An Analysis of Perioperative Communication Patterns in a Large Military Medical Center

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Name: Christopher Stucky

Rank: LTC

Organization: The Geneva Foundation

Performance Site: Womack Army Medical Center

Year Published: 2019

Abstract Status:

Abstract

BACKGROUND: Medical errors in hospitals are a critical problem, resulting in grave consequences including patient injury and premature mortality. Approximately 200,000 to 400,000 people die each year from preventable medical errors, making them the third leading cause of death in the United States. Adverse events and medical errors frequently occur in the operating room (OR), accounting for two-thirds of all errors. Communication errors are the most frequent root-cause of adverse events and serious injury to surgical patients worldwide. The Joint Commission conservatively estimated that communication errors cause 70% of reported sentinel events. The OR contains a unique and complex culture of multidisciplinary clinicians with different levels of education, experience, and authority. These differences result in authority gradients and hierarchical power disparities among clinicians that contribute to errors and patient harm. Previous researchers have not considered the many complex social factors that influence surgical communication including authority gradients, culture, hierarchy, and team structure. We will address this knowledge gap and advance the understanding of OR communication by building upon the TSNRP-funded preliminary work that we conducted in a small military outpatient surgery center.SPECIFIC AIMS: This study will implement a novel approach, social network analysis (SNA), to map the structure and consequences of interpersonal relations. Our proposed network-centric study will characterize the OR communication network at the individual, interpersonal, and group levels in a large military medical center.

The specific aims are to:Aim 1: Characterize the network factors that shape clinician communication in the OR settingQ1: What is the association between clinician relationships (e.g., interaction, close working relationships, socialization, advice, and speaking-up/voice) and clinician communication effectiveness?Q2: What are the social network analysis indicators that influence communication effectiveness (e.g., degree, betweenness, geodesic distance, homophily, density, and centralization)?Aim 2: Identify how team structure shapes communication effectivenessQ1: What is the relationship between communication effectiveness and surgical team consistency, surgical team size, and clinician mix (students/residents)?DESIGN: We will use an exploratory, prospective, cross-sectional, network-centric approach. This design will allow us to pinpoint communication strengths and weaknesses to clearly reveal the underlying factors that shape OR clinician communication in this high-risk setting.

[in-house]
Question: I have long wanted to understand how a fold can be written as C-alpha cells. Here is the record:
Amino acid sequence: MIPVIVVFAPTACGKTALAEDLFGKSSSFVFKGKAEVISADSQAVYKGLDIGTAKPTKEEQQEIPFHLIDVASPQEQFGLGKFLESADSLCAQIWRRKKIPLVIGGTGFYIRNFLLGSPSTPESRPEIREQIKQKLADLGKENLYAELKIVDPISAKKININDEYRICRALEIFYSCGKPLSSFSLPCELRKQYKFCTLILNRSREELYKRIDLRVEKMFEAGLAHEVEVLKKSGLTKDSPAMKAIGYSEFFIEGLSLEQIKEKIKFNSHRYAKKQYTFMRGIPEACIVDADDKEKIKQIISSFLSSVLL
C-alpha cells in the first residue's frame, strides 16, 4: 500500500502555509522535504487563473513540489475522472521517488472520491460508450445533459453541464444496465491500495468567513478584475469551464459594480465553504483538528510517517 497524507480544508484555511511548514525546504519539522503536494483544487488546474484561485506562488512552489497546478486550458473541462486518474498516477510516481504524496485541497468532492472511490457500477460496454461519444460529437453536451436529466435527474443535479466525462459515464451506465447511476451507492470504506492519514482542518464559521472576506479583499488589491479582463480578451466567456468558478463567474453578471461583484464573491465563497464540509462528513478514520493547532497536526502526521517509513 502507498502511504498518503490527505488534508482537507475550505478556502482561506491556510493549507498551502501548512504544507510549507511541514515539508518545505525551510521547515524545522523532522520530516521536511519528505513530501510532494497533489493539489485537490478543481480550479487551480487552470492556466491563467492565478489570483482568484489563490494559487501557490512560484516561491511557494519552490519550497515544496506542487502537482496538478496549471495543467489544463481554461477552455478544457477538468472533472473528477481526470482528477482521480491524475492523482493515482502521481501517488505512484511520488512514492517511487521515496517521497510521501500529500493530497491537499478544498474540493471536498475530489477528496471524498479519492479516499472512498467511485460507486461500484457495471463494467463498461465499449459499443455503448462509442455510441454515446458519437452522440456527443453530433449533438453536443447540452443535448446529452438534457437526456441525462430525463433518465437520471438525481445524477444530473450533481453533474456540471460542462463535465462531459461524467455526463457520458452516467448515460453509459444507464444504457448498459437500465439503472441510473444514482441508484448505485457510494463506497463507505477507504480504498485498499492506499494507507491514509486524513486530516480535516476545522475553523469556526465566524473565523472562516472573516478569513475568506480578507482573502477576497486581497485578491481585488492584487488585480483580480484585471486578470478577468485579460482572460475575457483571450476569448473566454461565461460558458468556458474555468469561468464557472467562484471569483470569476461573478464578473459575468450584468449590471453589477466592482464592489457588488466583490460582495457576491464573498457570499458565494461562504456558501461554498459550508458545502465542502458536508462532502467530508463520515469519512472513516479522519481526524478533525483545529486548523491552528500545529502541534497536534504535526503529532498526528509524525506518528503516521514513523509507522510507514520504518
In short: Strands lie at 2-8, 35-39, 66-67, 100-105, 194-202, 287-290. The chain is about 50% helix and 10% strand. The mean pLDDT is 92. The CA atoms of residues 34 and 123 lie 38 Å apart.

METHODS: Targeting an 80% response rate, will use total population sampling to recruit all clinicians (active duty or civilian nurses, surgeons, anesthetists, surgical technicians, students, residents) who directly provide surgical care in the OR at Womack Army Medical Center. We will administer an electronic sociometric survey to complete teams at the end of the surgical day. From the survey questions, we will develop six relational networks (interaction, close working relationship, socialization, advice-seeking, advice-giving, speaking up/voice) and three models that represent communication effectiveness ratings for each participant and team. We will use social network analysis, bivariate statistics, multiple linear regression, and quadratic assignmentprocedures to characterize the network factors that shape clinician communication in the OR setting. To identify how team structure shapes communication effectiveness we will use bivariate statistics and multivariate modeling.

RELEVANCE TO MILITARY NURSING: Military leaders are committed to a continuous cycle of process improvement and a culture of safety to transform the military health system (MHS) into a high-reliability organization (HRO). The OR is a key driver for hospital's fiscal health, a critical factor as the MHS transitions into the Defense Health Agency. Effective communication among OR personnel is a potent enabler to improved surgical outcomes, decreased medical errors, and the overall refinement of the surgical teams. Optimizing communication at the organizational and microsystem levels will improve health care quality and safety, decrease adverse events, improve readiness, increase patient satisfaction and is a crucial step to becoming an HRO. Moreover, with an operation's tempo requiring the military to deploy small, agile, surgical teams, effective interpersonal communication among these teams is vital to providing life-saving care on the future battlefield.